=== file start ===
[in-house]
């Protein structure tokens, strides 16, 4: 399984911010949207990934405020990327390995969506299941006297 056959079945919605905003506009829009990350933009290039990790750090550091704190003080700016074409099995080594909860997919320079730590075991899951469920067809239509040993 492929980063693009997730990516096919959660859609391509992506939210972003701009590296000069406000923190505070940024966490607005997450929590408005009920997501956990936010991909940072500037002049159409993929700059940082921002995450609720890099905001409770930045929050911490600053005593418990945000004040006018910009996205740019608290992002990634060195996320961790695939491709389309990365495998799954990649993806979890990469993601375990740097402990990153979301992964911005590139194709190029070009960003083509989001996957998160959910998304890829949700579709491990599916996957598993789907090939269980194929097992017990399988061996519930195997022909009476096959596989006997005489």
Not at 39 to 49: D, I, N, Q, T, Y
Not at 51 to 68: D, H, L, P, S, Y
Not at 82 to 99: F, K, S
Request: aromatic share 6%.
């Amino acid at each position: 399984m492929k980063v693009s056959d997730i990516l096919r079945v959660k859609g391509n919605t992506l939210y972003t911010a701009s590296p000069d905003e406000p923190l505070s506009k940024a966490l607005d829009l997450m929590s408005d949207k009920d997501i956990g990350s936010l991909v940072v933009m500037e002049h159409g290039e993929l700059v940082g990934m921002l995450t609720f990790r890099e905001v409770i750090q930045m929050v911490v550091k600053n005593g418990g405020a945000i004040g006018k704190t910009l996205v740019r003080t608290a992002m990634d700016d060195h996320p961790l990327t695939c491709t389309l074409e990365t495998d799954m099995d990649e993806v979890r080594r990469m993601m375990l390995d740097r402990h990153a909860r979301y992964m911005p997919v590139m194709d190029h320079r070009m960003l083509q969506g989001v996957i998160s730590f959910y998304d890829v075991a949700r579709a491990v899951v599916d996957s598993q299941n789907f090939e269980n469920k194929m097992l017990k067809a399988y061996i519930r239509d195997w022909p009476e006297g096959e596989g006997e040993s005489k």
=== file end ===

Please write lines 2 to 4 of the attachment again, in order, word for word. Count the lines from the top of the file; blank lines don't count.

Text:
């Protein structure tokens, strides 16, 4: 399984911010949207990934405020990327390995969506299941006297 056959079945919605905003506009829009990350933009290039990790750090550091704190003080700016074409099995080594909860997919320079730590075991899951469920067809239509040993 492929980063693009997730990516096919959660859609391509992506939210972003701009590296000069406000923190505070940024966490607005997450929590408005009920997501956990936010991909940072500037002049159409993929700059940082921002995450609720890099905001409770930045929050911490600053005593418990945000004040006018910009996205740019608290992002990634060195996320961790695939491709389309990365495998799954990649993806979890990469993601375990740097402990990153979301992964911005590139194709190029070009960003083509989001996957998160959910998304890829949700579709491990599916996957598993789907090939269980194929097992017990399988061996519930195997022909009476096959596989006997005489």
Not at 39 to 49: D, I, N, Q, T, Y
Not at 51 to 68: D, H, L, P, S, Y